It can work in positive things, too. There’s an old adage, “Writers write.” You could apply that any endeavor. One noun followed by one verb. Painters paint. Carpenters build. Engineers engineer. Salespeople sell. We are largely what we do.
What do you do…habitually? When is the last time you closely looked at your habits and behaviors? Ever?
Self-awareness requires some time spent with ourselves. Sounds strange, but it’s true. We live with ourselves 100% of the time, but maybe we spend most of that time not thinking much about who we really are. Maybe we’re focused mostly on what we want, what we don’t have, who we want, who we don’t have, and many other desires.
Just think about how we get to know other people. What we know about others isn’t based entirely on what they say or what they tell us. Our communication with them helps, but it’s really just a small part of the story. Their story.
We pay attention to how they behave toward us, and toward others. We watch their interactions. We pay attention to how they act, how they speak and we get some sense of what’s important to them. Over time, we learn how they roll. The more we get to know them, the more we get a true sense of who they really are. Conscious or not, we’re paying close attention to them.
That’s often our weakness with self-awareness. It’s hard to pay that close attention to our own lives. We’re looking from inside our head when we look at ourselves. We’re looking from a different perspective when we’re looking at our friends, or family. It’s far more objective than when we look at ourselves.
As a podcaster I’ve grown accustomed to listening to my own voice, either through recordings or my headphones. Most people aren’t used to that though. They’re used to just hearing their voice through their own head. So whenever they hear a recording of themselves, they always exclaim, “That doesn’t sound like me!” Others hear the same recording and say, “Yes it does. It sounds exactly like you.” We don’t have a true awareness of how we really sound because we’re not used to listening to ourselves that critically.
Ditto for other areas of our life. Take how we eat. It drives me crazy to sit at a table with somebody who eats with their mouth open. Just ask my grandkids. Regularly I’ll tell them, “Close your mouth when you chew.” They don’t know they’re doing it. I know grown adults who do it, but have no clue they’re doing it.
Think about it. If we can’t get a true picture of how we’re chewing our food, or how we sound when we talk — then it’s no wonder we often fail to really have the self-awareness we could. Self-awareness that would really serve us to be happier, more accomplished and more content.
It’s all harder because of the vastness of the Internet. It’s not because we’re creators. It’s because we’re consumers. Months ago I unsubscribed to most of the podcasts that were in my iTunes podcast directory. I realized I wasn’t listening to many of them. That’s where it started. Then I realized that over time I had begun not thinking for myself. I caught myself listening more to what others said my story (and yours) should be. And I was spending far less time writing my own story. Being who I am, who I most want to be — while at the same time being congruent with my world-view, my values, my faith, my convictions and my strengths.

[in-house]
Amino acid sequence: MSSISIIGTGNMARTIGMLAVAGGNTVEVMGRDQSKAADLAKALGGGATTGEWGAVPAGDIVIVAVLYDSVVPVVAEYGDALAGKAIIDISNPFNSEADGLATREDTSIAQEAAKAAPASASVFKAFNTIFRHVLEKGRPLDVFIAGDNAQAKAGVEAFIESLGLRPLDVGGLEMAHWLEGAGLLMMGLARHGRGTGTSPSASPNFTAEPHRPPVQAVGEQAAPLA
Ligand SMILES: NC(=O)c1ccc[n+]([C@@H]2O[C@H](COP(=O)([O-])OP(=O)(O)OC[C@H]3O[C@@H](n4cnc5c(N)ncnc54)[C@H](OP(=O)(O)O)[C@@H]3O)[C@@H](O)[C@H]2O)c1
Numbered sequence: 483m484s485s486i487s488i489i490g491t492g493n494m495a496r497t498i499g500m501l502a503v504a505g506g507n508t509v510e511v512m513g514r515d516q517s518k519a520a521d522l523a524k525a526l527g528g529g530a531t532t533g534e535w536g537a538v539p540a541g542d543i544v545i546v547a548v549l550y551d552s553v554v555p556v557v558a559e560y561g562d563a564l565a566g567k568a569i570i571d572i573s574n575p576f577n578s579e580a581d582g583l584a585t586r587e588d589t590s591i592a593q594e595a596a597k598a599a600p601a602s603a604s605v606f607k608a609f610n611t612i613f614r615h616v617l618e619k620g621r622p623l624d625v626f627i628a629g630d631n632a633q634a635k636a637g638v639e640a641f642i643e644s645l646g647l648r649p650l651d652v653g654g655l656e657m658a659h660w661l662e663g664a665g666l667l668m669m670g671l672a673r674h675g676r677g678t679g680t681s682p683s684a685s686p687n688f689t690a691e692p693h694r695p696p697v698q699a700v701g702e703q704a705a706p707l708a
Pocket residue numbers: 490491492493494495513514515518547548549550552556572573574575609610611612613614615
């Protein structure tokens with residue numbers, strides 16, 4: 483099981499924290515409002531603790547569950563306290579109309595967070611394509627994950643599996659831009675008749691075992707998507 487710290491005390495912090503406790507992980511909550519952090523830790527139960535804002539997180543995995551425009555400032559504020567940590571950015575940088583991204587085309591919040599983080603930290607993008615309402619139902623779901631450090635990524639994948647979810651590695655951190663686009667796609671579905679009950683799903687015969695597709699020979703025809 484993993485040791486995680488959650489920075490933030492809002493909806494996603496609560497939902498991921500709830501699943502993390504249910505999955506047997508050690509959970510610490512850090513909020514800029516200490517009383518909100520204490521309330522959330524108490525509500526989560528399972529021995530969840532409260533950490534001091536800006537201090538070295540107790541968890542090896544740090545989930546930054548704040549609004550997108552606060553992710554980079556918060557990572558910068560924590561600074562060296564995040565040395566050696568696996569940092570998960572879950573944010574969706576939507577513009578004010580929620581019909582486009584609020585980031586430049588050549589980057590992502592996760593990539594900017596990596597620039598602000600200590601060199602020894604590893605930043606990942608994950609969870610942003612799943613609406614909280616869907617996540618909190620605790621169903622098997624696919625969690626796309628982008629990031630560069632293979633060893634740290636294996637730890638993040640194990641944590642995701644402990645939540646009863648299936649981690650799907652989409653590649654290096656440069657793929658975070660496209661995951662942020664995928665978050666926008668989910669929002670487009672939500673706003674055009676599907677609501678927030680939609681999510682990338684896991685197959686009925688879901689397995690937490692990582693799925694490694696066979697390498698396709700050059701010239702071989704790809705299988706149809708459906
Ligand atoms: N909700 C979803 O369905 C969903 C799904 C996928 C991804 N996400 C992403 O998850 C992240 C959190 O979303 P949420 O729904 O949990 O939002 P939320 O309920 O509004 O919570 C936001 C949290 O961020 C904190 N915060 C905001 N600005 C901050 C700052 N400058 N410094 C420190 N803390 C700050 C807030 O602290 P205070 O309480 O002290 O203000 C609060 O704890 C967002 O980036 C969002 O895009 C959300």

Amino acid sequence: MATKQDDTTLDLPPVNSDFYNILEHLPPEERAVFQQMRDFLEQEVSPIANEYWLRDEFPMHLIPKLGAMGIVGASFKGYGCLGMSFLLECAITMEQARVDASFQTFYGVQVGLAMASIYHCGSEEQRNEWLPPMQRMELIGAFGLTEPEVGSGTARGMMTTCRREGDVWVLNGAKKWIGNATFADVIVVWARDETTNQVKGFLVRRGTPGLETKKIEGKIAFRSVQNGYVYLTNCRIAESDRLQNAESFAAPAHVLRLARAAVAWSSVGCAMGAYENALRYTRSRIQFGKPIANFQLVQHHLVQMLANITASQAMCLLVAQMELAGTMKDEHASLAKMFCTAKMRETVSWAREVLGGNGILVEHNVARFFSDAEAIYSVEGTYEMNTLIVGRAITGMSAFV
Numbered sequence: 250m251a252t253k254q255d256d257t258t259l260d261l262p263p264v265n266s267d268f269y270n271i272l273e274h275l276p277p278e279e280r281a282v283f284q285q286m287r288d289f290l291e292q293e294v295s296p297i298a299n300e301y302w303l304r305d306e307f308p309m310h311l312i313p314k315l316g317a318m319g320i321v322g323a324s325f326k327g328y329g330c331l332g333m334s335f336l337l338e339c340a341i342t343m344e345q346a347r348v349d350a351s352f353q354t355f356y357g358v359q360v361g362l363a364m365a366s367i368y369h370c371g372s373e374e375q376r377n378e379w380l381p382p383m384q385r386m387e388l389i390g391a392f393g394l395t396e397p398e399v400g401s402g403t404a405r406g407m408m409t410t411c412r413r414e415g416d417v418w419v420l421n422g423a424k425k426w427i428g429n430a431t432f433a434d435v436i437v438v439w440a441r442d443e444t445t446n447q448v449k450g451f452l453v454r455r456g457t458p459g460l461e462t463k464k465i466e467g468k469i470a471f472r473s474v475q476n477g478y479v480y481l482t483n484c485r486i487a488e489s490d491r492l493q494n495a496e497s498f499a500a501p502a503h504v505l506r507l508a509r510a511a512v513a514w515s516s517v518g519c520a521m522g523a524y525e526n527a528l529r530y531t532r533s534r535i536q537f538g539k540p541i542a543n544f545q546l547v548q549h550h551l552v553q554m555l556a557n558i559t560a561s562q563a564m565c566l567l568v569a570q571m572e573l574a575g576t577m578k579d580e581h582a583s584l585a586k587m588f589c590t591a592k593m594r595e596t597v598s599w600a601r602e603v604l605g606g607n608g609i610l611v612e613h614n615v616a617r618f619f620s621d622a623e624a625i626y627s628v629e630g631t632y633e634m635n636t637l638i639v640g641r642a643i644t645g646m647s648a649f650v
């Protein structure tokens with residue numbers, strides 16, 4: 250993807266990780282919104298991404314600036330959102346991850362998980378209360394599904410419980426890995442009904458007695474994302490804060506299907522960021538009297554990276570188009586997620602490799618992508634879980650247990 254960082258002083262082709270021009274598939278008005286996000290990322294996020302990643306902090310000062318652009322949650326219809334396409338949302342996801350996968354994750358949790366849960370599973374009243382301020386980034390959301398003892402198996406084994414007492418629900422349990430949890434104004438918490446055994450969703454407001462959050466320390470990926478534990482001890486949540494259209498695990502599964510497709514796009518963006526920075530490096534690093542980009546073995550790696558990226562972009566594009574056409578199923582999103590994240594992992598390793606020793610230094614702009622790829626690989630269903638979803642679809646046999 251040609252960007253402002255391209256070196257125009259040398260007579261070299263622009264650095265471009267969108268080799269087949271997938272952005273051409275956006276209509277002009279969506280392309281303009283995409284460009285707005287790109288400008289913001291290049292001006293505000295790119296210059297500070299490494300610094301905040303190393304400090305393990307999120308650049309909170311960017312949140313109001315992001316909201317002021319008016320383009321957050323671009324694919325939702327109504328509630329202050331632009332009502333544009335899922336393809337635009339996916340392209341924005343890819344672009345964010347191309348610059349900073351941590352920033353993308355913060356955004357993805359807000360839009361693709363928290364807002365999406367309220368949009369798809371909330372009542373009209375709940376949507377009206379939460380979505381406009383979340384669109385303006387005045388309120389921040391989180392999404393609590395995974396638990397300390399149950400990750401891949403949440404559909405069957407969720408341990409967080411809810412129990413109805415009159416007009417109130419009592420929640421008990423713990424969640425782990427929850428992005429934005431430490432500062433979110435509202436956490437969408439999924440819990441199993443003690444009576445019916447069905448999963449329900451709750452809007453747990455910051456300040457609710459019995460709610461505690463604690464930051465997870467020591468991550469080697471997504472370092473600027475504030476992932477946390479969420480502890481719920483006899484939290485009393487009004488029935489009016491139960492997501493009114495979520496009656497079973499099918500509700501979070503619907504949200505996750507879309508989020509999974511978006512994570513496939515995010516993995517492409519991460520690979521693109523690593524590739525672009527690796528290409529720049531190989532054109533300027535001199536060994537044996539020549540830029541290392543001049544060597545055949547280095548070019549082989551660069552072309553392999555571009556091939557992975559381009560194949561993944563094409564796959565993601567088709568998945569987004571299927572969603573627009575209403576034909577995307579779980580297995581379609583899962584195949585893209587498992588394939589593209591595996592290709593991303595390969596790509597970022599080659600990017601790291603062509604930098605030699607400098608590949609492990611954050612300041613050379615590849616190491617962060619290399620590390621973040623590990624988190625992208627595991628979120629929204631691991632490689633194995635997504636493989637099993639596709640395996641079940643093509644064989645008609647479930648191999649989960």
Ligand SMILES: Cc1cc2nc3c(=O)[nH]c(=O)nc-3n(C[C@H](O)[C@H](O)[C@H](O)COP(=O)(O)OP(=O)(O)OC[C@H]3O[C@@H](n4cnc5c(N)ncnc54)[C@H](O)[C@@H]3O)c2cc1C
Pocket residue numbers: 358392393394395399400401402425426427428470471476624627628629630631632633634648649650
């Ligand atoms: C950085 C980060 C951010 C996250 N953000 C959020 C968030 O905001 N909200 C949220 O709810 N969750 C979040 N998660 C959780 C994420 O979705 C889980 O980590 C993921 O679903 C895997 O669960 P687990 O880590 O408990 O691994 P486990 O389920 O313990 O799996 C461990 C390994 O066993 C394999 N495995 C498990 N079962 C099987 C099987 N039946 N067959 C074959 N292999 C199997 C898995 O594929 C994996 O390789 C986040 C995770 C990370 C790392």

Last week I created this graphic and posted it around social media. It was mainly a message I was telling myself.
You’re dead the second you start listening to outside noise.
I learned the truth of that the hard way. Too many people telling me I needed to do this, or that. “If you don’t do this, it won’t work.” All kinds of noise driving me to distraction. And self-doubt. For weeks I let it wreck me because I finally woke up, realizing people were trying to get me to be somebody I wasn’t. The reason it wrecked me is because it just didn’t feel right. I had always felt like I had a reasonable degree of self-awareness. Now, I was beginning to think I’d lost my mind. And my perspective.
Not so much. Instead, I had allowed too much noise to enter my head and elevate my anxiety. So I stopped up my ears and decided…NO MORE. I even told people to their face that I wasn’t interested in their input or perspective. The more well-intended they are, the harder it can be to shut them up. And just because they say they’re well-intended, doesn’t mean they’re right. Remember that.
This is a big reason why you have to get in touch with who you really are. I’m not talking about not trying to improve or get better. I’m talking about congruency. I’m talking about being genuine. I’m talking about soaring with your strengths and not being distracted with your weaknesses.
People who can do something easily are often driven crazy by those of us who can’t do it so easily. Or well.
I’m fascinated by people who can pick up an instrument and learn to play it all on their own. I know people who can do that with apparent ease. You may as well ask me to build a space ship. I don’t have that ability. Asking a person like that to teach me would frustrate them, and me. Neither of us would make it. They’d kill me, or I’d want to kill them.